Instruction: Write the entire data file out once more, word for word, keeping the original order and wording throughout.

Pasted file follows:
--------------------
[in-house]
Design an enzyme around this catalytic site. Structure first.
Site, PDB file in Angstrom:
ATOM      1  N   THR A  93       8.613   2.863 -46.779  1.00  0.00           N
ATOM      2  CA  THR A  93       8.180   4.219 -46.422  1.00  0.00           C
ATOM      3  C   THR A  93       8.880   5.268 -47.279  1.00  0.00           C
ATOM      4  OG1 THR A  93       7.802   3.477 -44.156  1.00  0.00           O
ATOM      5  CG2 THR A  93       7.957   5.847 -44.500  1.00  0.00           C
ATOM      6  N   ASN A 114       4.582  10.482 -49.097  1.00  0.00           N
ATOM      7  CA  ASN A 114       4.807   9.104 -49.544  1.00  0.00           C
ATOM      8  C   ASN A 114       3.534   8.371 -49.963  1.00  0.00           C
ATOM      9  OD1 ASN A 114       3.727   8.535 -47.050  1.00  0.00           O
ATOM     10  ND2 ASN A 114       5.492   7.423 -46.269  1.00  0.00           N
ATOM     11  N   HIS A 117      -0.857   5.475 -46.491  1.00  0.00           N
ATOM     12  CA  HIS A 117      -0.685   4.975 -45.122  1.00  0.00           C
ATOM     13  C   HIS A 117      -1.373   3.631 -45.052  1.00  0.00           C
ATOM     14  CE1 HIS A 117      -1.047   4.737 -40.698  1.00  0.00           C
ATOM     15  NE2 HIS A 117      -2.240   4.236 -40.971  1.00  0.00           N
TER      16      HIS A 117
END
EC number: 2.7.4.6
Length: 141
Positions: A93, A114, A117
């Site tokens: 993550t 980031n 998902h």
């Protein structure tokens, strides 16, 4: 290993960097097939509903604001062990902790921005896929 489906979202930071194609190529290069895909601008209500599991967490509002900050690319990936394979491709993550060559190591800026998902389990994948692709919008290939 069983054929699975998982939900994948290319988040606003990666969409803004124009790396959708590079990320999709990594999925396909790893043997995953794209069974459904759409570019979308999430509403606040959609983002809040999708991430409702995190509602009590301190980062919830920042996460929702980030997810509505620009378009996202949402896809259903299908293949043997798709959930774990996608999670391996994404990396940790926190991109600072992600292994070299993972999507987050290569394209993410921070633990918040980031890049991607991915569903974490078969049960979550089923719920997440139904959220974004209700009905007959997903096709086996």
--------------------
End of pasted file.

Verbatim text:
[in-house]
Design an enzyme around this catalytic site. Structure first.
Site, PDB file in Angstrom:
ATOM      1  N   THR A  93       8.613   2.863 -46.779  1.00  0.00           N
ATOM      2  CA  THR A  93       8.180   4.219 -46.422  1.00  0.00           C
ATOM      3  C   THR A  93       8.880   5.268 -47.279  1.00  0.00           C
ATOM      4  OG1 THR A  93       7.802   3.477 -44.156  1.00  0.00           O
ATOM      5  CG2 THR A  93       7.957   5.847 -44.500  1.00  0.00           C
ATOM      6  N   ASN A 114       4.582  10.482 -49.097  1.00  0.00           N
ATOM      7  CA  ASN A 114       4.807   9.104 -49.544  1.00  0.00           C
ATOM      8  C   ASN A 114       3.534   8.371 -49.963  1.00  0.00           C
ATOM      9  OD1 ASN A 114       3.727   8.535 -47.050  1.00  0.00           O
ATOM     10  ND2 ASN A 114       5.492   7.423 -46.269  1.00  0.00           N
ATOM     11  N   HIS A 117      -0.857   5.475 -46.491  1.00  0.00           N
ATOM     12  CA  HIS A 117      -0.685   4.975 -45.122  1.00  0.00           C
ATOM     13  C   HIS A 117      -1.373   3.631 -45.052  1.00  0.00           C
ATOM     14  CE1 HIS A 117      -1.047   4.737 -40.698  1.00  0.00           C
ATOM     15  NE2 HIS A 117      -2.240   4.236 -40.971  1.00  0.00           N
TER      16      HIS A 117
END
EC number: 2.7.4.6
Length: 141
Positions: A93, A114, A117
């Site tokens: 993550t 980031n 998902h």
């Protein structure tokens, strides 16, 4: 290993960097097939509903604001062990902790921005896929 489906979202930071194609190529290069895909601008209500599991967490509002900050690319990936394979491709993550060559190591800026998902389990994948692709919008290939 069983054929699975998982939900994948290319988040606003990666969409803004124009790396959708590079990320999709990594999925396909790893043997995953794209069974459904759409570019979308999430509403606040959609983002809040999708991430409702995190509602009590301190980062919830920042996460929702980030997810509505620009378009996202949402896809259903299908293949043997798709959930774990996608999670391996994404990396940790926190991109600072992600292994070299993972999507987050290569394209993410921070633990918040980031890049991607991915569903974490078969049960979550089923719920997440139904959220974004209700009905007959997903096709086996």